There is always a critic in your family, isn’t there?
You should hear my husband snort and chuckle and lovingly berate me when he unpacks the dishwasher if I have stacked the thing. Which is often. I have stacked more dishwashers in the last decade than most have had cups of teas. I am a shove-it-in and get-it-done kind of stacker. The more the merrier. The fry pan can go on the top or bottom shelf and if I can squeeze little cups underneath it, I take it as a victory. I hurl that cutlery in any way up or down is fine. I whirl in the plates and they can touch each other if they want. It’s cleaning, not an event with covid safe social distancing, people! They are all going to be cleaned and the worst-case scenario is that I may have to wash one or two dirty items again.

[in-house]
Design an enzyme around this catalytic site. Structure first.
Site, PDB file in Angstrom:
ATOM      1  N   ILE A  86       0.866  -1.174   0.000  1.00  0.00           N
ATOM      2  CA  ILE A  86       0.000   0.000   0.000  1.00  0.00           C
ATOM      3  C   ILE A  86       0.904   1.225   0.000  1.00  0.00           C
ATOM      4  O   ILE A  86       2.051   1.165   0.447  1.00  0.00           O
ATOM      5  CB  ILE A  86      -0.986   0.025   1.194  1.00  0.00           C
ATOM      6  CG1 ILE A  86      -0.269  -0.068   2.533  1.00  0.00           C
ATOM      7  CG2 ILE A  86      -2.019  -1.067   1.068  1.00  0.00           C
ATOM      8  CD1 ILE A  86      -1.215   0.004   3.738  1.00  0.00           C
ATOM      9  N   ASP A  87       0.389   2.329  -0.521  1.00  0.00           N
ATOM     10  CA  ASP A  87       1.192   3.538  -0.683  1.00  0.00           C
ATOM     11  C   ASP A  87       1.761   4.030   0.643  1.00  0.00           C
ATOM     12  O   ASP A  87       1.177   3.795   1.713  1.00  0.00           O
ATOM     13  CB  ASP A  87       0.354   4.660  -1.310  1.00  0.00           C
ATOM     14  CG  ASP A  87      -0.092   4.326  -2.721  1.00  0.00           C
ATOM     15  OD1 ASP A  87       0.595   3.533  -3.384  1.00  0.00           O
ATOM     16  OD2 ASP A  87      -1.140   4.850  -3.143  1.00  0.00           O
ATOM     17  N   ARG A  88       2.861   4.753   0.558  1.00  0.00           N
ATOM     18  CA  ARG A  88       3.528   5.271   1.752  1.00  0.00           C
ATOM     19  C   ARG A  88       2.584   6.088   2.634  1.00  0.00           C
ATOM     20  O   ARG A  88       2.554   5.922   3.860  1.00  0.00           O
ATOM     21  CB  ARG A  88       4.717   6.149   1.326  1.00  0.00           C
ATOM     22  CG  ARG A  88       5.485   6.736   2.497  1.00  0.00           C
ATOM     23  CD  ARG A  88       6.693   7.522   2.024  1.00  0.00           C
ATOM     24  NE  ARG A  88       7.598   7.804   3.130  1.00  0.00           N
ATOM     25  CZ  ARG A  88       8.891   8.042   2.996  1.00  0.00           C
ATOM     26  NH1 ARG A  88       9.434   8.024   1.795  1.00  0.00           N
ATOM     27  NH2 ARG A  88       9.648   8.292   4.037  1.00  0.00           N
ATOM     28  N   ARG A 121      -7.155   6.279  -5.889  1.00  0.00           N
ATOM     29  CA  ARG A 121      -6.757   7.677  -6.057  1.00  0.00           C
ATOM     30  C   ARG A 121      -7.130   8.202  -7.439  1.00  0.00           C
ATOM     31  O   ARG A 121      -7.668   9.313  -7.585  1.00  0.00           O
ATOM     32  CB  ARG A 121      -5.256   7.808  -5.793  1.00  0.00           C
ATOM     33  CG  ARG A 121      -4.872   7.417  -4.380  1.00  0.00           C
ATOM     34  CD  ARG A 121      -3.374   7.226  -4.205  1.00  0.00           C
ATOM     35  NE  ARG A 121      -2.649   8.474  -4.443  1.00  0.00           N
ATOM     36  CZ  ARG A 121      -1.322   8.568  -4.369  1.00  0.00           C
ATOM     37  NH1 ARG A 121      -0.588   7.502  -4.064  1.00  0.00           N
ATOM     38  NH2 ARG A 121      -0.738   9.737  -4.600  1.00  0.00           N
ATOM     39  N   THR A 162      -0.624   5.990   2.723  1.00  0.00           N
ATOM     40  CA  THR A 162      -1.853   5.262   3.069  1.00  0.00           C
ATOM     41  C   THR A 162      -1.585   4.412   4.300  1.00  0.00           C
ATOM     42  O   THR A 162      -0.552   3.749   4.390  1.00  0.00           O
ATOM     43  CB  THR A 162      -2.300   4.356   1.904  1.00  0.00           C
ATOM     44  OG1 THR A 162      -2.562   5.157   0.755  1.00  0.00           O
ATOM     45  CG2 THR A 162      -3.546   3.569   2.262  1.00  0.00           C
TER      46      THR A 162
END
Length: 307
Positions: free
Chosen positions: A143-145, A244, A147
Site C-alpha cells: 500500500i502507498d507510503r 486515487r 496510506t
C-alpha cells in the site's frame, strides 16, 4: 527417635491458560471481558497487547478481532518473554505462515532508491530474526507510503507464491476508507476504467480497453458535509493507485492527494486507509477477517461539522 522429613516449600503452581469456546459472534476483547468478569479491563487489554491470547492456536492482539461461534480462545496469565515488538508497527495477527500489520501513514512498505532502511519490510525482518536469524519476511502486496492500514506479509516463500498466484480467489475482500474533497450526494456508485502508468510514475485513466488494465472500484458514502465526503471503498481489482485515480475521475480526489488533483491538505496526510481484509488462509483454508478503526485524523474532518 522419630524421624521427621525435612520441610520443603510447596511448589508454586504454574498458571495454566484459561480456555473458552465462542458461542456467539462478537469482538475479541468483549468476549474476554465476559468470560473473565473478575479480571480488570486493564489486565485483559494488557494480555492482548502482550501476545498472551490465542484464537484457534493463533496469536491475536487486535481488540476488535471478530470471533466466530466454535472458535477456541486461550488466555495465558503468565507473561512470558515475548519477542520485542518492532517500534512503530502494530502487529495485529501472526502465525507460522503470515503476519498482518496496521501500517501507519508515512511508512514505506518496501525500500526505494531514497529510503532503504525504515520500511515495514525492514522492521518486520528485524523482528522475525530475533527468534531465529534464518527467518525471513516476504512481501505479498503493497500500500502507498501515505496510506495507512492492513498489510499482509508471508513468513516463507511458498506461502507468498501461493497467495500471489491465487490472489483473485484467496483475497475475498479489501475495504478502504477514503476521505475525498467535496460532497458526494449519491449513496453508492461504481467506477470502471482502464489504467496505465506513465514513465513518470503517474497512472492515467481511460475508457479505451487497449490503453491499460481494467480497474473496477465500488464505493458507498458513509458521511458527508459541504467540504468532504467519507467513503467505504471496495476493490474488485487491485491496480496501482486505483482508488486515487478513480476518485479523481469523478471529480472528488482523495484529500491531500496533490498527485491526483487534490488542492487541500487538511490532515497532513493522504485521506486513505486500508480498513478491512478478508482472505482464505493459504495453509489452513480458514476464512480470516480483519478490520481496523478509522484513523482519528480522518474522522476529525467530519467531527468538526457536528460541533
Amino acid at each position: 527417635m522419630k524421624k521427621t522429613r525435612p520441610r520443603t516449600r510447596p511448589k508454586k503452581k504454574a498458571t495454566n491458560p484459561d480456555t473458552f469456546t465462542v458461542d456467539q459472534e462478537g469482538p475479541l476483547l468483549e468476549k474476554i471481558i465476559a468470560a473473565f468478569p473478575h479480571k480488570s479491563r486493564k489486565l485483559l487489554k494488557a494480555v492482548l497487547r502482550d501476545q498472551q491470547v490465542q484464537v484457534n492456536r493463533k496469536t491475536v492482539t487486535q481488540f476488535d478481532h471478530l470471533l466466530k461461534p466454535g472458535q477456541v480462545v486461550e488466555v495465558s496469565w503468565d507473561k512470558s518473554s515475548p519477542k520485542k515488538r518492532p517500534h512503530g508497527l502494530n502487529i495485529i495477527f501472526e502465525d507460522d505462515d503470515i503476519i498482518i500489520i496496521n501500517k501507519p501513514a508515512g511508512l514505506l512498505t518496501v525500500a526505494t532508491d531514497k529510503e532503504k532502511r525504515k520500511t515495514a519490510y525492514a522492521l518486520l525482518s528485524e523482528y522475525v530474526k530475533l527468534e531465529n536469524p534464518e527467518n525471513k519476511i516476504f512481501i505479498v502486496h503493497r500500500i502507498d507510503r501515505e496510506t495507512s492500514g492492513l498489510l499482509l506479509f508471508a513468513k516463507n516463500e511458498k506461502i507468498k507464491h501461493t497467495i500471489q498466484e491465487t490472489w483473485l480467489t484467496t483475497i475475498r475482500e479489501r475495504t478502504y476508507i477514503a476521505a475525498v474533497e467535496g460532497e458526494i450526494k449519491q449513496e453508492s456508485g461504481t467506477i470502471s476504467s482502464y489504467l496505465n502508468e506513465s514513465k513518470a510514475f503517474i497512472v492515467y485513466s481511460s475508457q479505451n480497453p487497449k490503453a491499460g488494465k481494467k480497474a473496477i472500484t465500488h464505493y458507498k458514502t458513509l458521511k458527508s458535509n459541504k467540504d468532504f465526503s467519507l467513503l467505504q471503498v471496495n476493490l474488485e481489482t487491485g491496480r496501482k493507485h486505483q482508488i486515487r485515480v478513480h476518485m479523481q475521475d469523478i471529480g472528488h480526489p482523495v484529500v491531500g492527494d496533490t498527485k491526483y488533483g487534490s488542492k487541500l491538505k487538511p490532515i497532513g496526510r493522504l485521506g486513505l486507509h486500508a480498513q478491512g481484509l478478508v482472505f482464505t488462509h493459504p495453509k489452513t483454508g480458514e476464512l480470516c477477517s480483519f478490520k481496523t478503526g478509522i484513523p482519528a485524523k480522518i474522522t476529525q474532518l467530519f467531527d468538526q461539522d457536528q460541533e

I like to walk on the wild side. My husband is a neat dishwasher stacker and has a sense of superiority that his way is the right way. But I argue every time his way takes ten times longer and who has time for that? My neat-freak plate police even stoops so low as to restack the dish washer behind my back. I hear this is common foul play in marriages. Sometimes I will open the dish washer to see a pixie has been in the middle of the night to make things inside all neat and orderly. A pixie wearing track suit pants and size eleven male shoes. The pixie has lined up the glasses and put them in order of height size and all of the cutlery is facing the same way.
I threaten divorce as we have heated words in front of the Finish dishwashing tablet box. But I think the family court would side with my husband for tolerating more than a decade of dishwasher disrespect.
In the meantime, what a great idea for schools to introduce some life learning lessons into their curriculum. Teaching the kids how to stack a dishwasher would be a stroke of genius if the kids had to pass an exam on the correct way to stack a dish washer.